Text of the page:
Home > Weddings & Engagements > Best Man Speeches: Tips and Template

Best Man Speeches: Tips and Template

By: Dr Gareth Evans - Updated: 24 Oct 2012 | comments*Discuss
 
Best Man Speech Groom Bride Stories

For many a newly-appointed Best Man, of all the important duties of the role, it is the speech which looms largest and most frightening – making any fears of forgetting the rings or leaving the bride’s grandmother behind at the church, pale into insignificance.

Daunting though the task may seem however, it really needn’t be; after all, the guests will be on your side, they’re in the mood to have a good time. Besides, you’re there to support your best friend in one of the most important moments of his life – largely by telling stories about the rest of his life; now how hard can that really be?

Plan Well And Start Early

There’s no better way to get yourself into a flap over writing your speech than by putting it off, so plan to write it in plenty of time. Don’t forget, although it’s down to you to write and deliver the speech on the day, there’s no rule that says you have to come up with all of the material yourself, so it’s a good idea to pick the brains of the groom’s family and other friends early on for good stories. Mildly embarrassing incidents will be fine, but don’t go for full scale humiliation and keep it clean; there’ll probably be a mix of generations present – so nothing you couldn’t say to a class of kids or your own grandmother, please.

Template For Successful Best Man's Speech

Here is a template which includes an idea of structure, who you should mention and some examples of what you might say:

1. Opening Lines/Introduction
Introduce the speech with some comments on your role as best man and about the ceremony itself:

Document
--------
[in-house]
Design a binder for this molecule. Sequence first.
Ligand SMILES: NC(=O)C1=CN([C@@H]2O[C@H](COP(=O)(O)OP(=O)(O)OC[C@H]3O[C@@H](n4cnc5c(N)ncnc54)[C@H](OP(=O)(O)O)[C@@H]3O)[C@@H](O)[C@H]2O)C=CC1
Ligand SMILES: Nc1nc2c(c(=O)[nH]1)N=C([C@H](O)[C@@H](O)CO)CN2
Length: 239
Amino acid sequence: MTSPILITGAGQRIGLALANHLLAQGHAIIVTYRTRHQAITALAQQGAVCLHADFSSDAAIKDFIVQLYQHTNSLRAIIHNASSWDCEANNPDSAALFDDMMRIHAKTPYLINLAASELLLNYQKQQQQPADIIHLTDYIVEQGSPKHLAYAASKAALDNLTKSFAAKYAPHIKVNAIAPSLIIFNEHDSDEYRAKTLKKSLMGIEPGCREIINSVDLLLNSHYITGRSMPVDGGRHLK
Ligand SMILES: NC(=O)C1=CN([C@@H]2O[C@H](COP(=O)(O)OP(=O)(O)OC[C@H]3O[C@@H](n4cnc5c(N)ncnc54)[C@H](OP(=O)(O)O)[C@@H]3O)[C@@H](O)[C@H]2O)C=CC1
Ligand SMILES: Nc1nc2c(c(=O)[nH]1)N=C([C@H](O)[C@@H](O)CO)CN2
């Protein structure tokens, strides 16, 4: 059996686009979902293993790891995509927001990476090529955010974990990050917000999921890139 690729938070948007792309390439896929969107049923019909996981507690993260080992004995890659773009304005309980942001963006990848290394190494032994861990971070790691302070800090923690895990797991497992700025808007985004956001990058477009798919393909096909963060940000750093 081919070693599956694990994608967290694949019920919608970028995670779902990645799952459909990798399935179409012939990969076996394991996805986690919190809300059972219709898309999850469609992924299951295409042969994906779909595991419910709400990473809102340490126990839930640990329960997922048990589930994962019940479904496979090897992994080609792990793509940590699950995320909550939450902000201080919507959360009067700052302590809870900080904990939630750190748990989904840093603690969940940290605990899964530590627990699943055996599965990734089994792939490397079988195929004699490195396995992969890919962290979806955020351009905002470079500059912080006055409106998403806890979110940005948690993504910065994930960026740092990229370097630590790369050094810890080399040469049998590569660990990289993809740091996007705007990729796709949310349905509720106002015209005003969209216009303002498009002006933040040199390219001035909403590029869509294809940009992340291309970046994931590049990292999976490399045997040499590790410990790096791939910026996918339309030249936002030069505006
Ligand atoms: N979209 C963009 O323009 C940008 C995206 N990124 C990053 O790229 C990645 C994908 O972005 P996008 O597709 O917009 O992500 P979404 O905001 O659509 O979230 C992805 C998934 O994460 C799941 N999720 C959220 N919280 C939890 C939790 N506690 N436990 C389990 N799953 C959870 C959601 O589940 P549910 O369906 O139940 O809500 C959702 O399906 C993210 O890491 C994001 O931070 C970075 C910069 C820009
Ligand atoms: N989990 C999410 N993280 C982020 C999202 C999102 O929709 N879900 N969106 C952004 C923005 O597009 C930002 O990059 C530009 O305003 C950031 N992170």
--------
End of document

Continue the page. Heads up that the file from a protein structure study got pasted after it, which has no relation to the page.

• How you are honoured to do it
  • Glad to have the chance to comment on the groom when he can't answer back
  • Thank everyone for coming
  • How beautiful the ceremony was
  • How lovely the bride and bridesmaids looked...

Example: Ladies and Gentlemen, it’s a bit ironic that with such lovely bridesmaids the job of replying on their behalf falls to an ugly-looking devil such as myself – but then that’s the great thing about tradition; you don’t have to be beautiful to stand up and make an idiot of yourself. Unfortunately, I think it’s too late to do anything about my looks – as for how much of fool I make of myself, only the next few minutes will tell!”

2. Your Relationship With the Groom
Talk briefly about your friendship with the groom:
  • How you met
  • What you had in common
  • Whether you kicked it off immediately

Example: I met (groom’s name) on his first day at (work – when he nicked my parking space / school – when I kicked his football through the head teacher’s window ) and there was an instant bond between us – largely due to the fact that we both fancied (Angelina Jolie / ourselves as the new Indiana Jones) and shared a love of (football/stamp collecting/flower arranging).

3. Anecdotes